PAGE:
Mycotoxins are substances (secondary metabolites) that are synthesized and excreted during the growth of a particular fungus (fungus). This substance is actually a defense of plant or plant seeds from parasitic attacks. If the fungi (fungus) die, then the production of mycotoxins will stop, but mycotoxins that have been formed are not lost. Mycotoxins are chemicals that are stable and can last for a long time. Mycotoxins are harmful substances because only a very small amount alone can cause some harm. Mycotoxicosis is a disease caused by toxins produced by fungi that are ingested together with contaminated feed ingredients.
Of the more than 100,000 known fungus species (fungi), only a few can produce mycotoxins. Some fungi (fungi) that are known to produce very dangerous mycotoxins in agriculture and livestock are Fusarium, Aspergillus, and Penicillium sp. It is also known that 1 species of fungus can produce more than 1 type of mycotoxin. Rarely there is only 1 mycotoxin per plant or grain type, there are usually 2 or more kinds of mycotoxins.
Mycotoxins can be produced during the planting period (field toxin) or after harvesting and during storage (storage toxin). The mycotoxins produced by Fusarium sp (eg trichothecenes, zearalenone, and fumonisins) usually belong to the toxin field. This mycotoxin is produced by the fungus during the process of growing the plants/grains when the weather conditions are not good such as warm weather or a prolonged cold, rainy season and high humidity.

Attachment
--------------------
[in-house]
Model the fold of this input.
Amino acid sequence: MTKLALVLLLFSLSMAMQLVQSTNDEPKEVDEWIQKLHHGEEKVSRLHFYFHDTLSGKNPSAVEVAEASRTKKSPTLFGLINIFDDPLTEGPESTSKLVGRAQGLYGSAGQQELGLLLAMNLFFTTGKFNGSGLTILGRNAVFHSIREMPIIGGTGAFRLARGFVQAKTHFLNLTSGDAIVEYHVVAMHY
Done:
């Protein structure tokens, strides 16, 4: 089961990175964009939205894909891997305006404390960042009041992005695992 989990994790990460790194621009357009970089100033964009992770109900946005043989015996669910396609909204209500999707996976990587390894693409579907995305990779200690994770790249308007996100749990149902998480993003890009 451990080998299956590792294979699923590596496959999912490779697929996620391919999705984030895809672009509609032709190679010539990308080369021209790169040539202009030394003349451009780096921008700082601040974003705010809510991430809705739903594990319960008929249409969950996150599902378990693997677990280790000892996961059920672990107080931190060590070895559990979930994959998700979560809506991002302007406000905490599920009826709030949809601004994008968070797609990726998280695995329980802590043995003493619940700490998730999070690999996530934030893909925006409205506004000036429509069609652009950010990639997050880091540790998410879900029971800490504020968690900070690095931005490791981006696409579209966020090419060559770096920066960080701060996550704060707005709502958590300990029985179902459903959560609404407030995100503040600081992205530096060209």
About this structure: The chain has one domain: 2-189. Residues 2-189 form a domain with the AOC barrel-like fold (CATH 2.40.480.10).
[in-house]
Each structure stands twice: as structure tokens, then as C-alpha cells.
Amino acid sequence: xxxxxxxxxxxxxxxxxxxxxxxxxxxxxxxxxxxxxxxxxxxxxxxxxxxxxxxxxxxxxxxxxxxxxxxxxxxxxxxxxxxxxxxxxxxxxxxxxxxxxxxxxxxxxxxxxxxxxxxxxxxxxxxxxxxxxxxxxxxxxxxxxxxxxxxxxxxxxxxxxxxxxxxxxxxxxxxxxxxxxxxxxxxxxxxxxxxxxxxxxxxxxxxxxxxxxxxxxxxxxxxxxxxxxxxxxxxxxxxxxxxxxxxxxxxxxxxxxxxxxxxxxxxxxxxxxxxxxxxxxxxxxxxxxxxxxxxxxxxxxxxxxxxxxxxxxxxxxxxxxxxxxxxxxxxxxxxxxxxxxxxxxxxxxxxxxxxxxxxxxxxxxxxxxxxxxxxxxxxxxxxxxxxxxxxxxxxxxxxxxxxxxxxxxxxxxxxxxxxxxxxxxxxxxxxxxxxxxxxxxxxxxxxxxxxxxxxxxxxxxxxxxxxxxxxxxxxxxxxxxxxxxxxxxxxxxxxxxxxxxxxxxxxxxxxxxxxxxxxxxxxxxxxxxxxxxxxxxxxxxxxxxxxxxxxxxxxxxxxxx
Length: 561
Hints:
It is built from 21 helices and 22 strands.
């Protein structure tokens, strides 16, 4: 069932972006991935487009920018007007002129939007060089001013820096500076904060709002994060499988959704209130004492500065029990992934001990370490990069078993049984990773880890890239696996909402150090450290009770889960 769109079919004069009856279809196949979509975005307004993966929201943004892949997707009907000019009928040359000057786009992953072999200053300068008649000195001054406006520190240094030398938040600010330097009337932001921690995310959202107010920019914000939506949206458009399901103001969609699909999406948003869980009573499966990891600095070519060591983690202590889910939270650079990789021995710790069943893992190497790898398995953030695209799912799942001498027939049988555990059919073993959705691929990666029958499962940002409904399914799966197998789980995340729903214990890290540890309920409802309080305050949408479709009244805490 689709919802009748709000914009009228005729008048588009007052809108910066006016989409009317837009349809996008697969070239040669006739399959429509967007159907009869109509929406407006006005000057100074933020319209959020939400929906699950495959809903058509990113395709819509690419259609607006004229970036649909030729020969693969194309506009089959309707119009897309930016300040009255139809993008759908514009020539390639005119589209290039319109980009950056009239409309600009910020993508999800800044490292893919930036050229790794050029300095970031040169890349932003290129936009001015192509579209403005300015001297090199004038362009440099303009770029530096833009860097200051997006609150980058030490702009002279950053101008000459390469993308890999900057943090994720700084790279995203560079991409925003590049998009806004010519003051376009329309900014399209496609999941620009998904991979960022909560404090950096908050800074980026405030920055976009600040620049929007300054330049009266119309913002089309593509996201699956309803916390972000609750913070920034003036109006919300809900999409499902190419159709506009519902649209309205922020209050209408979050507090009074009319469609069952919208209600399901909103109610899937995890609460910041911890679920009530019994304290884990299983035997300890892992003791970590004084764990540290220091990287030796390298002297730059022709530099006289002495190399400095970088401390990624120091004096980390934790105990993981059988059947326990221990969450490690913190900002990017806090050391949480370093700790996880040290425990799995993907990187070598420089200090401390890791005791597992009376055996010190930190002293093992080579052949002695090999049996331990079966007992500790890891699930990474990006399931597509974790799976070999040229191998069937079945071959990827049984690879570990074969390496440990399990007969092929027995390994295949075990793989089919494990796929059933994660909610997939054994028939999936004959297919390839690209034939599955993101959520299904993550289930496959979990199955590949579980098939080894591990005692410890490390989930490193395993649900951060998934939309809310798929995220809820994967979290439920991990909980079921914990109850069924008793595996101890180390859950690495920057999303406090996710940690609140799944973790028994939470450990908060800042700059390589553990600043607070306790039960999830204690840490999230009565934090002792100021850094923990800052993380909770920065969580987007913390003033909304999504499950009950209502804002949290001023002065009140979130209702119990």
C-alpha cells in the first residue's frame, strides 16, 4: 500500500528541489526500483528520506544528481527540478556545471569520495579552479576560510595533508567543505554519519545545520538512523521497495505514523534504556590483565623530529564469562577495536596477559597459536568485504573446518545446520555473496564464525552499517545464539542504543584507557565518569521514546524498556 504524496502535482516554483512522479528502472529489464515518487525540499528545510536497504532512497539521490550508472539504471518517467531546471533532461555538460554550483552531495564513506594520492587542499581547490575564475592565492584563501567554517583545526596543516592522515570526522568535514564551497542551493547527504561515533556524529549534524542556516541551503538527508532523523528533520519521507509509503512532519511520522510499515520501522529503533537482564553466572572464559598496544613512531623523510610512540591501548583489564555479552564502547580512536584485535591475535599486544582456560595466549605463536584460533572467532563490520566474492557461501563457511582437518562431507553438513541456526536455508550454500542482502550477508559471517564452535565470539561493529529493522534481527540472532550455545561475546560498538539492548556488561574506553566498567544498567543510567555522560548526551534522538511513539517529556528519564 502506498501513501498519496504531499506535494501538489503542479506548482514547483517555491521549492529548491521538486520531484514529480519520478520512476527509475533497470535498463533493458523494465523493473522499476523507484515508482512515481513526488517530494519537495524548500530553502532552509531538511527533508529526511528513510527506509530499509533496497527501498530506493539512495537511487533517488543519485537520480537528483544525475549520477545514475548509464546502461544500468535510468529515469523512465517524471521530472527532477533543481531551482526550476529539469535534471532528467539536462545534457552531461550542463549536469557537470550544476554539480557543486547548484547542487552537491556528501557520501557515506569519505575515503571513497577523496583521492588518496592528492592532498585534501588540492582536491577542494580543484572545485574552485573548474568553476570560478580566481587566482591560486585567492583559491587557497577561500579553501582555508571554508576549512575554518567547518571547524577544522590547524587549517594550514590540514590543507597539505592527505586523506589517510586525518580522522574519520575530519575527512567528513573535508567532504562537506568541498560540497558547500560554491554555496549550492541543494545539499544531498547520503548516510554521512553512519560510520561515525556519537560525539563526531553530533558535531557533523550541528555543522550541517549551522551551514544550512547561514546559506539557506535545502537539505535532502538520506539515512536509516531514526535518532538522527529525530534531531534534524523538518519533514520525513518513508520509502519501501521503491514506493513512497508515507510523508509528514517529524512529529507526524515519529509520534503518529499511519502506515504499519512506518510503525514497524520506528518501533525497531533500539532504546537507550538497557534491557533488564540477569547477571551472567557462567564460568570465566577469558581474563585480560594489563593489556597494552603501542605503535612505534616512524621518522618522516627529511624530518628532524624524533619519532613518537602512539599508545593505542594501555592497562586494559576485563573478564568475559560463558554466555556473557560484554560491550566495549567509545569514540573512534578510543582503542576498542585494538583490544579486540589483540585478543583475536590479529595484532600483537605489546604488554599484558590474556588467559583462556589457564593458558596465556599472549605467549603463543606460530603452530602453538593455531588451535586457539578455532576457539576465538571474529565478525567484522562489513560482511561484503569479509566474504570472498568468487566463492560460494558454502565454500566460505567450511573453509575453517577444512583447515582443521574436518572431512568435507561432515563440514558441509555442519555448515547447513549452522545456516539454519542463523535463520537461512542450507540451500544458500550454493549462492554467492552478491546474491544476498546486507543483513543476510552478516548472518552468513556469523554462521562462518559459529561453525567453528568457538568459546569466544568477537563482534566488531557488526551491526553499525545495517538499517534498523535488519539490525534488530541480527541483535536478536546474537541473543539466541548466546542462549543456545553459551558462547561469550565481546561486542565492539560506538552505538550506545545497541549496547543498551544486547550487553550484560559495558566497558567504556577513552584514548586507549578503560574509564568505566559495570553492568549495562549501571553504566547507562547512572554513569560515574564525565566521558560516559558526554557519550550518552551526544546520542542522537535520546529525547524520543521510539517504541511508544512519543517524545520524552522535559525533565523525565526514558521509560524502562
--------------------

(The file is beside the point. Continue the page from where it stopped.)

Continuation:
Aflatoxin and ochratoxins are included in storage which is generally caused by Aspergillus and Penicillium in poor conditions. Storage toxin is produced when the feed material is harvested and stored in poor conditions such as too moist or wet.
It is not easy to detect problems associated with mycotoxins because the effects are varied depending on toxin/toxin (amount and duration consumed), animal (species, sex, age, breed, health, immune status, nutrition), feed conversion ratio, and environment (management, hygiene, temperature, etc.)The effects can start with no visible symptoms until the occurrence of rapid death. The amount and feed convertion ratio, containing mycotoxins affect the accumulation of mycotoxins present in the body. Although not immediately cause symptoms of mycotoxicosis, if it has reached the threshold of symptoms will appear. Chicken age also affects the incidence of mycotoxicosis.
Younger age is more susceptible to mycotoxicosis. Health status and stress also affect the incidence of mycotoxicosis. In stress conditions, the chicken will be more susceptible to mycotoxicosis. Genetics is also one of the incidents of mycotoxicosis. For example, ducks are more susceptible to mycotoxins than chickens. Sex also affects the incidence of mycotoxicosis.
If in a chicken population found cases that lead to the existence of seeds of disease, then of course the main step that must be done is to eliminate the factors that cause the disease. Usually the seeds of the disease appear caused by several factors such as viruses, toxins or certain stress conditions. Therefore, the results are very varied. Hopefully what we provide can be useful. Good Luck